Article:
Bedeutung von “like” — Learner’s Dictionary

like

verb [ T ] us uk /laɪk/
I like your new haircut.I don't really like the heat.You can keep that dress if you like it.I like most vegetables but not cabbage.It was painfully obvious that she didn't like him.

A1 to enjoy something or feel that someone or something is pleasant:

[ + to do sth ] I like to paint in my spare time.
He really likes her.
What do you like about him?
→ Opposite dislike verb
not like to do sth/not like doing sth

to not usually do something because you think it is wrong:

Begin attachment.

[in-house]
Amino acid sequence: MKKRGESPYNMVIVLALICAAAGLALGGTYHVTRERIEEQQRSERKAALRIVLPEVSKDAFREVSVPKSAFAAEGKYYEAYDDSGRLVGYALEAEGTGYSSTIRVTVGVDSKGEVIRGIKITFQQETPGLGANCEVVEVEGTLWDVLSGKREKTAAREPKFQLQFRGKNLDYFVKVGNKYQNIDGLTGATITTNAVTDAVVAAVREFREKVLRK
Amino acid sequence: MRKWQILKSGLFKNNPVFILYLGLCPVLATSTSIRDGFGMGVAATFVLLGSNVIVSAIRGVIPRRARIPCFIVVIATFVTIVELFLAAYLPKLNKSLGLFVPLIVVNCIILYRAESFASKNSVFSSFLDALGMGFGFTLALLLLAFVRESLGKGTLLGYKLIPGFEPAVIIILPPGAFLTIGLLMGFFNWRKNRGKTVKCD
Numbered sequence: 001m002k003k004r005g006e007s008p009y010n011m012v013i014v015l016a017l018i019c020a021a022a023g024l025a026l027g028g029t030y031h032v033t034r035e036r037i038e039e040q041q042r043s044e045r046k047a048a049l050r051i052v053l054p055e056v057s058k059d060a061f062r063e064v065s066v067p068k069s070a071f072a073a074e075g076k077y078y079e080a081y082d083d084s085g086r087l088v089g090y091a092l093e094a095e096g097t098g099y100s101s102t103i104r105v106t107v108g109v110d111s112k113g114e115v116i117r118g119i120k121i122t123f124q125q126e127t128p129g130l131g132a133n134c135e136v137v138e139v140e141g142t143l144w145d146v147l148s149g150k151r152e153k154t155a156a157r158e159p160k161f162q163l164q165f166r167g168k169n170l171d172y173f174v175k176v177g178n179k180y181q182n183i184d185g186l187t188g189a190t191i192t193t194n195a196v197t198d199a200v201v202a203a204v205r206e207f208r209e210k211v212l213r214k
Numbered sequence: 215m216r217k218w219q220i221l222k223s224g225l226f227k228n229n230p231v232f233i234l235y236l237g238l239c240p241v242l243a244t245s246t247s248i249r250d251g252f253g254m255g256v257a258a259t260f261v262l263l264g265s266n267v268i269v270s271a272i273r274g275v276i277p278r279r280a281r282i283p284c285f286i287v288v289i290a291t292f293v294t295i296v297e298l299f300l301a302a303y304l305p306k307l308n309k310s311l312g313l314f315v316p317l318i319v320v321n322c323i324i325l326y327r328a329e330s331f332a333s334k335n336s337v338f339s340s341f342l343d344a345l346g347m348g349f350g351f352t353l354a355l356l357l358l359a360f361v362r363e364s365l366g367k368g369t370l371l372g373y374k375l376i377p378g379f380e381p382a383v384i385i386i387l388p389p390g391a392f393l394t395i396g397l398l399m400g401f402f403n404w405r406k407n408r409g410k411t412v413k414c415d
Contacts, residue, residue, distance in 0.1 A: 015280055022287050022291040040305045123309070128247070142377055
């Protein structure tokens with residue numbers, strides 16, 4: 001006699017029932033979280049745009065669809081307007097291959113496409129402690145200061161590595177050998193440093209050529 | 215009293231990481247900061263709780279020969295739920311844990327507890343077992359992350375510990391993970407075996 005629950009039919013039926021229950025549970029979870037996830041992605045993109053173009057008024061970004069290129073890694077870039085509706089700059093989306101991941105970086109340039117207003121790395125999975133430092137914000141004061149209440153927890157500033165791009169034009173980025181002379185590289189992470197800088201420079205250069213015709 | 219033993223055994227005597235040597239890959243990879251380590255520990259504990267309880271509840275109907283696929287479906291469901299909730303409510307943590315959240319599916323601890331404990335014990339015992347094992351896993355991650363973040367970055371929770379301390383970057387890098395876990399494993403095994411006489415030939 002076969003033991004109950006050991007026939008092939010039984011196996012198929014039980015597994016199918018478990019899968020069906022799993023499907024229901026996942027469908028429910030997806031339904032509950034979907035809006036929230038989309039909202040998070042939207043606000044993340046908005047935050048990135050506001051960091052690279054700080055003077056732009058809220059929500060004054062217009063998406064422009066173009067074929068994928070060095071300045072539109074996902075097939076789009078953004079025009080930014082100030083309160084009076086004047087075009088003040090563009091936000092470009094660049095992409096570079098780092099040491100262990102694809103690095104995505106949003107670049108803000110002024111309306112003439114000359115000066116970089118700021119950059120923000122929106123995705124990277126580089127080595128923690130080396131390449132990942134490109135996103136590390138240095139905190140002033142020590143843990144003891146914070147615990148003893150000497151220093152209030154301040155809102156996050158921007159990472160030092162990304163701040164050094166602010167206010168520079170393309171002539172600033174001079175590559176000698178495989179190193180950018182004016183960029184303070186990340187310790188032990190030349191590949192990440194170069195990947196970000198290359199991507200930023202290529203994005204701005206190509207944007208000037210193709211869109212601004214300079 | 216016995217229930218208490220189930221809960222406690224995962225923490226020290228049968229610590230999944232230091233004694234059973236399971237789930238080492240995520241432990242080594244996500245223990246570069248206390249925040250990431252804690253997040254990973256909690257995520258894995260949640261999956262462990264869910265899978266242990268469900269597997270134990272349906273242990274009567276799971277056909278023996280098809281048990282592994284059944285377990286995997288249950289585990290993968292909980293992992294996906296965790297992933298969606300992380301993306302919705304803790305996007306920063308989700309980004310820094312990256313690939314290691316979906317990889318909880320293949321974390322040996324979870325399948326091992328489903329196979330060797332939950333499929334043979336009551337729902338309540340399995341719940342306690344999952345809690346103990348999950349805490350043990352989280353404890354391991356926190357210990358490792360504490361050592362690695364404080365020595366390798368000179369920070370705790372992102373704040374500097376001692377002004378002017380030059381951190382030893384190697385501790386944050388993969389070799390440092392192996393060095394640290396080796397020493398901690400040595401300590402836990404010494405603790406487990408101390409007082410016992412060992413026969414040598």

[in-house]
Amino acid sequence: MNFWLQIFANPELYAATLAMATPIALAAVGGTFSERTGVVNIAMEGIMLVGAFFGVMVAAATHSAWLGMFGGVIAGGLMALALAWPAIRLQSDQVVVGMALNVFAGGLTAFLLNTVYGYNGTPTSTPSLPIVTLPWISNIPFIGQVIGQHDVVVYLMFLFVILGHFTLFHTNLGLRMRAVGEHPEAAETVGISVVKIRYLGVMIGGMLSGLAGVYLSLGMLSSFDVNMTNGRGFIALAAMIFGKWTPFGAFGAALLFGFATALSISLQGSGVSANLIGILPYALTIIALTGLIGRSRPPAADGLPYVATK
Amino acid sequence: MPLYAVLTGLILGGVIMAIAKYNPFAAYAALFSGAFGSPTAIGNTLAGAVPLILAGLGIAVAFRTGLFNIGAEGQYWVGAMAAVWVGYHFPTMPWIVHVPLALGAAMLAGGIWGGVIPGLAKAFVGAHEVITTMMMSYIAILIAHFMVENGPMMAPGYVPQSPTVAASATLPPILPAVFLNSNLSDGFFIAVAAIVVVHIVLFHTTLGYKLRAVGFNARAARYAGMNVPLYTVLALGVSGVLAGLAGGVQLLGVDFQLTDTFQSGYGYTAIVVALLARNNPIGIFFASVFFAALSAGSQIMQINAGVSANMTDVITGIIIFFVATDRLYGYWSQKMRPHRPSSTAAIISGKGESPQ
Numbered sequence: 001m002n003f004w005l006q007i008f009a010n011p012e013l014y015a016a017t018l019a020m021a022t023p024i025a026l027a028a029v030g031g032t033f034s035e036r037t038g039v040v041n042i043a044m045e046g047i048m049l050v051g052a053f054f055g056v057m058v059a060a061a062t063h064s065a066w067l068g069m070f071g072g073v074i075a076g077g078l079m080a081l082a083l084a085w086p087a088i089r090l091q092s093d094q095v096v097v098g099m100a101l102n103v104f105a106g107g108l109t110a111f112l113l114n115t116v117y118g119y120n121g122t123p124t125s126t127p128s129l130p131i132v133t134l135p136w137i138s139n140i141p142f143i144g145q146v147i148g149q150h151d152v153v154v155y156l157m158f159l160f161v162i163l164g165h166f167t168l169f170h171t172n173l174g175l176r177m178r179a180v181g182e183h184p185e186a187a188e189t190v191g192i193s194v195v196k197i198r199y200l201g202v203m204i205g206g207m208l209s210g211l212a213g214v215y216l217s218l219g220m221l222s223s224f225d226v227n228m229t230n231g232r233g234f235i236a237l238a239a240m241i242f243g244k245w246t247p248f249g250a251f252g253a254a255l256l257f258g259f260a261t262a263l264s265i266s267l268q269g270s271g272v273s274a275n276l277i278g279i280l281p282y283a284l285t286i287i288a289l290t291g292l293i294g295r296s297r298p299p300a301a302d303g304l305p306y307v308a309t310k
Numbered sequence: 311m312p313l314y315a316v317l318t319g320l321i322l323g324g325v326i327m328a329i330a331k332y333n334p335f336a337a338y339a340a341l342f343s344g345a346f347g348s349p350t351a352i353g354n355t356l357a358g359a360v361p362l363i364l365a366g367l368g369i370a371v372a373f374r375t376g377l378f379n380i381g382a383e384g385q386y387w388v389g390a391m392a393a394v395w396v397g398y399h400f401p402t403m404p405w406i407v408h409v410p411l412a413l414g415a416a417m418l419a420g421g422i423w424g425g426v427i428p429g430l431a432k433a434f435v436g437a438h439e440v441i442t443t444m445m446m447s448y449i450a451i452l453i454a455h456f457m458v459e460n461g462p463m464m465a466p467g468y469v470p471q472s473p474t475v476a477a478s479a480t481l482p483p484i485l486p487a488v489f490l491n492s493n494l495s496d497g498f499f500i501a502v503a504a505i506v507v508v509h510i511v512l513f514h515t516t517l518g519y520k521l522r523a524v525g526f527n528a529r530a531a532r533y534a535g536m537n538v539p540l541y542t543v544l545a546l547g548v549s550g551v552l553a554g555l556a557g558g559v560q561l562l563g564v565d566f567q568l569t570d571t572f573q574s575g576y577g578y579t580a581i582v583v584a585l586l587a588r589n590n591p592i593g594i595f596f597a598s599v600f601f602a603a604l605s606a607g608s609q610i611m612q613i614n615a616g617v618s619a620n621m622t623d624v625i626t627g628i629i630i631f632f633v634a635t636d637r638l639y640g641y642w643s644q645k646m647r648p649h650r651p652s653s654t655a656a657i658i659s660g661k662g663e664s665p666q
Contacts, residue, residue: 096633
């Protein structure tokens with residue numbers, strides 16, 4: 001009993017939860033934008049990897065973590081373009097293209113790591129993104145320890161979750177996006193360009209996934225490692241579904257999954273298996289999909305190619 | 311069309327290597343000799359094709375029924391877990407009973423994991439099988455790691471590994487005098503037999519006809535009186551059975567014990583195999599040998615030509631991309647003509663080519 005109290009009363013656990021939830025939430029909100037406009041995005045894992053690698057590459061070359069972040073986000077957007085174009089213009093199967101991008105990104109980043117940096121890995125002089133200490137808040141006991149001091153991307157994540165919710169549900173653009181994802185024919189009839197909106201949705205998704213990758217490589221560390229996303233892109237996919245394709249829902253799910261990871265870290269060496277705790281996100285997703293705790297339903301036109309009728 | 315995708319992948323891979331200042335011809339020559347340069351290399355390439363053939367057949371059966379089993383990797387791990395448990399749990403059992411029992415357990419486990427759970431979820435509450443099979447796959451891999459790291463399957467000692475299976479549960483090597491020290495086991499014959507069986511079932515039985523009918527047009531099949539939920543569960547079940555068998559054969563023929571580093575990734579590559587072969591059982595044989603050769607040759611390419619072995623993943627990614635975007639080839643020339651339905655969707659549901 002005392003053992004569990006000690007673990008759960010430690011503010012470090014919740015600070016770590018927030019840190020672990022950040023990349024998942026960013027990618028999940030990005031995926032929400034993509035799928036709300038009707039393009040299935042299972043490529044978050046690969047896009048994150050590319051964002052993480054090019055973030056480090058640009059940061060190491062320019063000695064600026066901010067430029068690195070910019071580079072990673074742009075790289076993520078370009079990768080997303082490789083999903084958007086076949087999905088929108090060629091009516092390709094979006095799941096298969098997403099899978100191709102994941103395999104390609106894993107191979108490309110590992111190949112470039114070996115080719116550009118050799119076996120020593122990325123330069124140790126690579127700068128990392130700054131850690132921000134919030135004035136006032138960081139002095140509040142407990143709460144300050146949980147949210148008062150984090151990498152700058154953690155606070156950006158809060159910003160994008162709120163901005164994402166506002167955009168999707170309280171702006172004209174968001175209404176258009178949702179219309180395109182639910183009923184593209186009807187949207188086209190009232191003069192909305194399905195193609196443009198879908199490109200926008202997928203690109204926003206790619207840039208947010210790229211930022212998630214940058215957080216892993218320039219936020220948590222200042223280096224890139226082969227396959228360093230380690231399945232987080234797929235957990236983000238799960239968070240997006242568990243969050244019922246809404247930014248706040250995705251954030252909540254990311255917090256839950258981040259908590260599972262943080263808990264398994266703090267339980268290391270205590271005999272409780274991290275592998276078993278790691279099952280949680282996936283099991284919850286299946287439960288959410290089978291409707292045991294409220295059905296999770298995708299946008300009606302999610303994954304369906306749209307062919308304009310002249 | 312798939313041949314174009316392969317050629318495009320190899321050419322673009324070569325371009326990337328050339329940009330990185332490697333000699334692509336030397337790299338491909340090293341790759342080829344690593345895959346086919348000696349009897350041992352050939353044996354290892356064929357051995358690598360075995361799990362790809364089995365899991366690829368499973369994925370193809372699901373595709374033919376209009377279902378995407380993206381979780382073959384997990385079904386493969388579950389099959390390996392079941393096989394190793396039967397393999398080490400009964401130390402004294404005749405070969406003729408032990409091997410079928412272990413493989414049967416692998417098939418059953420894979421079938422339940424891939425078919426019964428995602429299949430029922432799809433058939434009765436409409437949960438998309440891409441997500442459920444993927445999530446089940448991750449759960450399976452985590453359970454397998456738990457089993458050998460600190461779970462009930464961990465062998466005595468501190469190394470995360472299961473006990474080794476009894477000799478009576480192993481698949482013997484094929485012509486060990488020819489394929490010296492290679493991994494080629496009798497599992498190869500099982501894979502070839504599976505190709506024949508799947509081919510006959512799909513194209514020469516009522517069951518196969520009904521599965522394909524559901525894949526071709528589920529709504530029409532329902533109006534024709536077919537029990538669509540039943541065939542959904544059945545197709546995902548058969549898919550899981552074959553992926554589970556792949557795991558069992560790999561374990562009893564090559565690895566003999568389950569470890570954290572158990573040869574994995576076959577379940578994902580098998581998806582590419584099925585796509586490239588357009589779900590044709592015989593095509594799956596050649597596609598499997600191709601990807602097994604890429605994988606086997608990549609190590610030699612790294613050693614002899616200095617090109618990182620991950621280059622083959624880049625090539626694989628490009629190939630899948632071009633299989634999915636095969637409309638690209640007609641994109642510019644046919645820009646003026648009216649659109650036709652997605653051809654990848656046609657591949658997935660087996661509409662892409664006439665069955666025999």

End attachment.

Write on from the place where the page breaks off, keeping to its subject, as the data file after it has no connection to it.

I don't like to criticize her too much.
would like sth

A1 to want something:

[ + to do sth ] I'd like to think about it.
I'd like some chips with that, please.
Would you like...?

A1 used to offer someone something:

Would you like a drink?
[ + to do sth ] Would you like to eat now?
if you like

used to say 'yes' when someone suggests a plan:

"Shall I come?" "If you like."

A2 used when you offer someone something:

If you like I could drive you there.
How do you like sb/sth?

used to ask someone for their opinion:

How do you like my new shoes?

(Definition von “like verb” aus dem Cambridge Learner's Dictionary © Cambridge University Press)